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A vet at Davies Veterinary Specialists (Davies) has gone the extra mile to make his nervous patient feel at ease during a consultation, by dressing up as a giant mouse. 

Rupert the Dalmatian, needed specialist surgery but didn’t enjoy being examined due to a problematic past. His owner, Sonya Schiff, had the idea of packing her fluffy mouse onesie for Rupert to sleep on, as he loved it and the scent of her would put him at ease.

Davies vet, Mike Farrell and Dalmatian Rupert

“When I adopted Rupert from Dogs Trust a couple of years back he had some quite serious guarding issues and aggression which we believe were pain associated,” explains Sonya. “I took lots of advice from Dogs Trust. It took a year for him to bond with me after his rehoming at which point he developed separation anxiety if I left him.”

Sonia had Rupert checked out by her local vet when he showed a dislike to stairs and occasionally went lame. Upon the examination Rupert had to wear a muzzle and acted aggressively towards the vet, being protective about his legs. He was then diagnosed with hip dysplasia and cruciate ligament problems. Initially his condition was controlled with painkillers but 18 months later he needed surgery and was referred to Davies.

“I was really worried about him going into hospital and thought he might benefit from having the scent and sense of me with him,” recalls Sonya. “I thought the mouse romper suit, which I often wear at home to relax in would make a reassuring bed for him in the kennels.”

Mike Farrell is an Orthopaedic Specialist at Davies, he noticed Sonia’s attempt at making Rupert feel more relaxed during a very stressful environment for the anxious rescue dog. 

“Initially Rupert growled when I tried to examine him in my usual clothes. His owner was worried about his aggression towards strangers and how he would respond to being in hospital. Normally we don’t admit bedding from home but in this instance we thought it had the potential to help Rupert a lot.”

Mike decided to see if Rupert would be less anxious if he was faced with his familiar giant furry mouse that he loved so dearly. And the result was a success! Even though Mike looked hilarious, he was able to examine a happy Rupert safely and effectively meaning he could undergo surgery to treat his cruciate ligament rupture.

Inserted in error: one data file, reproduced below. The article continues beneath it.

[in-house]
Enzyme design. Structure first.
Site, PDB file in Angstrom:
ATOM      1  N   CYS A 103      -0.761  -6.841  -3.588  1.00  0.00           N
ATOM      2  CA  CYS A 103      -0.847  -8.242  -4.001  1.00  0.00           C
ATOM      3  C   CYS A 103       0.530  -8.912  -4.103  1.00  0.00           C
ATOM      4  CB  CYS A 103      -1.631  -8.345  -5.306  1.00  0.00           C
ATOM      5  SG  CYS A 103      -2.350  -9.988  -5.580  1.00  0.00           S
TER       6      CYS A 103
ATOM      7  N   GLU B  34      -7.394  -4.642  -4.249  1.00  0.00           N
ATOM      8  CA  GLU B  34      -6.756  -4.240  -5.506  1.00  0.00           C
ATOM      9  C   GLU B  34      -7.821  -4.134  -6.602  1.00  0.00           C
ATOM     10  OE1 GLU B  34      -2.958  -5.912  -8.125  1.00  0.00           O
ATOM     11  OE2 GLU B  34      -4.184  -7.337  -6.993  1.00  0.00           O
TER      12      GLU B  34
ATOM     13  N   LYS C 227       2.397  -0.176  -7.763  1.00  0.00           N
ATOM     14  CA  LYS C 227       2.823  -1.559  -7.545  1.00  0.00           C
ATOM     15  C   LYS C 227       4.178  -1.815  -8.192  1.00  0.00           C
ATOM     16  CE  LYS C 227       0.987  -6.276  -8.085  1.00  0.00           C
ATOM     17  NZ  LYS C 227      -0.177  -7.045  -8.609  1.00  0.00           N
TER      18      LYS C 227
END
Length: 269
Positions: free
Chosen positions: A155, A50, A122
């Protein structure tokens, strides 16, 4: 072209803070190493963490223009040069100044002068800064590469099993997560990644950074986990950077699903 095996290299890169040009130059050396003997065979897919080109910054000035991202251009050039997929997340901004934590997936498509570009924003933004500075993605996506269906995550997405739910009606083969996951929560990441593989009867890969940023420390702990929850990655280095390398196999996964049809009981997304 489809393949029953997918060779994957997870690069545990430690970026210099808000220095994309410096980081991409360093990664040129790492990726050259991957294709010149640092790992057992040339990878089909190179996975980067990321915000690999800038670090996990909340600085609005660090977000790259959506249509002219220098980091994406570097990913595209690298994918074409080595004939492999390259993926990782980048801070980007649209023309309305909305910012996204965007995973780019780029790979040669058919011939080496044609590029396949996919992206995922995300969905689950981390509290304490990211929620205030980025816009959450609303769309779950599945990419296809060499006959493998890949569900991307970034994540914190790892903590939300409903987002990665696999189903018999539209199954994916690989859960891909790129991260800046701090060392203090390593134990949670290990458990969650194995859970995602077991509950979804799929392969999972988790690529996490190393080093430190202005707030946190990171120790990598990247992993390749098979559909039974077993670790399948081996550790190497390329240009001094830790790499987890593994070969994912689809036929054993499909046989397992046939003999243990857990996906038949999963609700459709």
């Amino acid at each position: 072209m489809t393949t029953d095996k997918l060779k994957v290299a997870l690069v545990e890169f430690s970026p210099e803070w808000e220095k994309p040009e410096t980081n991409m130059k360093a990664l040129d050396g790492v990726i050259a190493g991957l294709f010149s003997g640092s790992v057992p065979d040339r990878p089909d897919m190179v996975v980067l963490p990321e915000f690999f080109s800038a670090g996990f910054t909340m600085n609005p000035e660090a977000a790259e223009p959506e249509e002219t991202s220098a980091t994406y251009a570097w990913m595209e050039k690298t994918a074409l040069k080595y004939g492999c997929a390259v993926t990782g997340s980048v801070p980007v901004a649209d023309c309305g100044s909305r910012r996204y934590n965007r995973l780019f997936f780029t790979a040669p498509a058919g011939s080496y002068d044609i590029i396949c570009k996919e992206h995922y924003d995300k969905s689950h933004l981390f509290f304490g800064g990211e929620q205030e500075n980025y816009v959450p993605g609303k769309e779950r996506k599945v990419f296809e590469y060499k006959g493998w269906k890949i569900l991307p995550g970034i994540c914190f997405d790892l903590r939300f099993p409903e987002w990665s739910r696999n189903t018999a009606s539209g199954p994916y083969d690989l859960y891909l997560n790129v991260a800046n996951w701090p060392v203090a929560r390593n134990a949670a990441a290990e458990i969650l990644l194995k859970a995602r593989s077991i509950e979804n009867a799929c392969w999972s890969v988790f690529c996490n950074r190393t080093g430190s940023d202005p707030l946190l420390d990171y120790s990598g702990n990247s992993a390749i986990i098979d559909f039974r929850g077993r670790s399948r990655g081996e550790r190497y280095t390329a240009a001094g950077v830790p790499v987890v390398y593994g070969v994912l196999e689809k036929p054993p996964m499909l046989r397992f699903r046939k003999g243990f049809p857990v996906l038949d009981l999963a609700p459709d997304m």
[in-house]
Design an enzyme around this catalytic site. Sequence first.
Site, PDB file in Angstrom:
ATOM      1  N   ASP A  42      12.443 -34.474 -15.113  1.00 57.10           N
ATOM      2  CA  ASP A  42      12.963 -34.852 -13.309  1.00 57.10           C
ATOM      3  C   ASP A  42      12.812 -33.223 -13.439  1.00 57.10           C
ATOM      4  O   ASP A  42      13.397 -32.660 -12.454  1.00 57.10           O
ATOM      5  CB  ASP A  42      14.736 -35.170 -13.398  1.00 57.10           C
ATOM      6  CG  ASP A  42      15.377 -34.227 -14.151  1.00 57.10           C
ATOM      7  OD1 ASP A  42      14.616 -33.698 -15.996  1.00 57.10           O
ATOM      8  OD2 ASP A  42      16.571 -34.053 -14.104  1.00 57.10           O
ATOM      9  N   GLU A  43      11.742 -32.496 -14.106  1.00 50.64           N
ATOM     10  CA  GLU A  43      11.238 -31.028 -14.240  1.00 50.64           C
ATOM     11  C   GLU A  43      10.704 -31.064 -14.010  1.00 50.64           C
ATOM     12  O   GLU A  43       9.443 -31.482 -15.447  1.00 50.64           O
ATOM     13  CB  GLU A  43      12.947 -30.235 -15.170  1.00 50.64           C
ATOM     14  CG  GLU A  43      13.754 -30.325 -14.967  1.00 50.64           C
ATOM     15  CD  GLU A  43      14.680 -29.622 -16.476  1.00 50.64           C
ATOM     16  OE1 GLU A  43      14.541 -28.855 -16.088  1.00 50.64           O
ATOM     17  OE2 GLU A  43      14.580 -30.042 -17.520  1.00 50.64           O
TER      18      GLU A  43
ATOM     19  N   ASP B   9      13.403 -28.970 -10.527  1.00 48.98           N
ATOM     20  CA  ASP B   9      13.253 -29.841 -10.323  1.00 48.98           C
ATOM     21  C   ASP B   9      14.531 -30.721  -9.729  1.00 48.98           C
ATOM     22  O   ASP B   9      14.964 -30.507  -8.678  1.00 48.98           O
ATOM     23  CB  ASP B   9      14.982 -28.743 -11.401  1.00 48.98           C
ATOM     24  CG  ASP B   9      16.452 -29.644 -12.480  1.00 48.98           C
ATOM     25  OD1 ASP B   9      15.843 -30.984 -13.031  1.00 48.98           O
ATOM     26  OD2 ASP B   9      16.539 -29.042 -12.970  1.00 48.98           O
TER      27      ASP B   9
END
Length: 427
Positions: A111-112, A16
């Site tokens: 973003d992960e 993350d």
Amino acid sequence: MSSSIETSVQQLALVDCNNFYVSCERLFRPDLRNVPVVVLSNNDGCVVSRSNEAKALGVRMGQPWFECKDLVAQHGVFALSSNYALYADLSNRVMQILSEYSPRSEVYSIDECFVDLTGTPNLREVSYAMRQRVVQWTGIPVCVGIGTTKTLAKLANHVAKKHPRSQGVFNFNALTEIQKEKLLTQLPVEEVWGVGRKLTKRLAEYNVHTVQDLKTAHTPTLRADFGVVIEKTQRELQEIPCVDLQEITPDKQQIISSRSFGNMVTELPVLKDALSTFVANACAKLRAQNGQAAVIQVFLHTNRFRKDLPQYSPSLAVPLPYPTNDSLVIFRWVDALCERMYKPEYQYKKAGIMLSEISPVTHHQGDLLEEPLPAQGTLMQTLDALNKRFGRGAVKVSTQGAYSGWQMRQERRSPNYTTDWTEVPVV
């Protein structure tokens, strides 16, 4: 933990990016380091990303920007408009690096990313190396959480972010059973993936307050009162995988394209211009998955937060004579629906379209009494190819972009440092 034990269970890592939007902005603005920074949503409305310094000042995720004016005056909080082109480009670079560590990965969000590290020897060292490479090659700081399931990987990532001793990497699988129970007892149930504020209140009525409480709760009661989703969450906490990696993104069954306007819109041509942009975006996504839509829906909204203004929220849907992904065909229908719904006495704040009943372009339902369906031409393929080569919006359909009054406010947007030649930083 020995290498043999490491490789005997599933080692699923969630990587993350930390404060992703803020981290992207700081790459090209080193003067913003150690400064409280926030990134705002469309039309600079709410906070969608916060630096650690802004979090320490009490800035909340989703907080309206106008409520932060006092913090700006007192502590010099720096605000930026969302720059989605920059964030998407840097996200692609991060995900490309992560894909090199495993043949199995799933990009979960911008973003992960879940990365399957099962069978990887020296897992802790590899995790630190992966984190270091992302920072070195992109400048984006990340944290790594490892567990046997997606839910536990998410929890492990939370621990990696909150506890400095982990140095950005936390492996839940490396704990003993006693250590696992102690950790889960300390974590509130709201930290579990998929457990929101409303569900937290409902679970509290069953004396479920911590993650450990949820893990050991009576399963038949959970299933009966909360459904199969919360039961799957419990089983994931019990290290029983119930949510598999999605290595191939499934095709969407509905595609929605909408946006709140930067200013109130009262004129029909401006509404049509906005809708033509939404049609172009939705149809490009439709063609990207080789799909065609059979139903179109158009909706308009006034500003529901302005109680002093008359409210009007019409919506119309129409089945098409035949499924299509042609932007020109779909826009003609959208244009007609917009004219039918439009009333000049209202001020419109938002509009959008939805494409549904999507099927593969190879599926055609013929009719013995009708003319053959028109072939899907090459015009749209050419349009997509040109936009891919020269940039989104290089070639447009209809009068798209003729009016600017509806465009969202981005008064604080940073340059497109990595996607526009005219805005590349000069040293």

Monika Kafno, Hydrotherapist and dog behaviourist at the Davies Therapy and Fitness Centre explains why dogs tend to respond well to a familiar scent, “As dogs have a superior sense of smell and ability to smell between 10,000 and 100,000 times better than people, their brain processes information in a very short period of time, this triggers an association of the smell with particular experience/event/familiarity in their life.

“Based on experience, scent can influence canine behaviour. It will trigger either a feeling of comfort, safety, pleasure or in a negative aspect – anxiety, panic attack and fear that in some cases may lead to aggression. For example, a dog’s bedding or favourite toy brought into unfamiliar environment will have a calming and settling effect as it will be a scent associated with comfort and home life.”

Rupert’s owner Sonya was over the moon, “This just shows what creative vets can achieve,” she said. The loveliest part of this for me was the daily updates from Mike on email with photos attached. Mike is now SuperMike and adored on my Facebook page. Thanks everyone at Davies, especially Mike, for the care…. and the laughter!”

To find out more about Davies visit their website .

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